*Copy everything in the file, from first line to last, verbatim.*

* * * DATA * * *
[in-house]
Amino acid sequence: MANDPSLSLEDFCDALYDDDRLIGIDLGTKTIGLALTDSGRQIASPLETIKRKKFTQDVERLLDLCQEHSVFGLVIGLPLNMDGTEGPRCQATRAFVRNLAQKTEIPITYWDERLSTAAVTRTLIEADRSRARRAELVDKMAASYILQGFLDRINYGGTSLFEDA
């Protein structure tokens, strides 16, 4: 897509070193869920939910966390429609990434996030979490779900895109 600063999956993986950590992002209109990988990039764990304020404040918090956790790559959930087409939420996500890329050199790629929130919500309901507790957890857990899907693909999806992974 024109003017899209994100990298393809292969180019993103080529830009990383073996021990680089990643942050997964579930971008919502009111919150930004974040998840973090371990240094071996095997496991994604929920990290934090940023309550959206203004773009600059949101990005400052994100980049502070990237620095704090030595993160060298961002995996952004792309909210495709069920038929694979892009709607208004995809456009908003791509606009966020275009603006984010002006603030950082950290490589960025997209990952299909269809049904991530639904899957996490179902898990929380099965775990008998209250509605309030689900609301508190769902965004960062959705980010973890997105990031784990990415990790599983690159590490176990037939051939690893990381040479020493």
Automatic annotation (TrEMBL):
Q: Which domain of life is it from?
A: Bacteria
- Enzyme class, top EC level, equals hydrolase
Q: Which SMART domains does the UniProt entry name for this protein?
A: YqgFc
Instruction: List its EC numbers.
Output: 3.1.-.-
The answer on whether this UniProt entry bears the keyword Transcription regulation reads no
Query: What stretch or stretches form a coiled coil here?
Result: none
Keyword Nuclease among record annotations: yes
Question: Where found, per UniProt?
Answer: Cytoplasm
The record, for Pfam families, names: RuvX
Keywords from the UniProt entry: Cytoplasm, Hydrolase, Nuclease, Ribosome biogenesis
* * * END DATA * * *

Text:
[in-house]
Amino acid sequence: MANDPSLSLEDFCDALYDDDRLIGIDLGTKTIGLALTDSGRQIASPLETIKRKKFTQDVERLLDLCQEHSVFGLVIGLPLNMDGTEGPRCQATRAFVRNLAQKTEIPITYWDERLSTAAVTRTLIEADRSRARRAELVDKMAASYILQGFLDRINYGGTSLFEDA
């Protein structure tokens, strides 16, 4: 897509070193869920939910966390429609990434996030979490779900895109 600063999956993986950590992002209109990988990039764990304020404040918090956790790559959930087409939420996500890329050199790629929130919500309901507790957890857990899907693909999806992974 024109003017899209994100990298393809292969180019993103080529830009990383073996021990680089990643942050997964579930971008919502009111919150930004974040998840973090371990240094071996095997496991994604929920990290934090940023309550959206203004773009600059949101990005400052994100980049502070990237620095704090030595993160060298961002995996952004792309909210495709069920038929694979892009709607208004995809456009908003791509606009966020275009603006984010002006603030950082950290490589960025997209990952299909269809049904991530639904899957996490179902898990929380099965775990008998209250509605309030689900609301508190769902965004960062959705980010973890997105990031784990990415990790599983690159590490176990037939051939690893990381040479020493």
Automatic annotation (TrEMBL):
Q: Which domain of life is it from?
A: Bacteria
- Enzyme class, top EC level, equals hydrolase
Q: Which SMART domains does the UniProt entry name for this protein?
A: YqgFc
Instruction: List its EC numbers.
Output: 3.1.-.-
The answer on whether this UniProt entry bears the keyword Transcription regulation reads no
Query: What stretch or stretches form a coiled coil here?
Result: none
Keyword Nuclease among record annotations: yes
Question: Where found, per UniProt?
Answer: Cytoplasm
The record, for Pfam families, names: RuvX
Keywords from the UniProt entry: Cytoplasm, Hydrolase, Nuclease, Ribosome biogenesis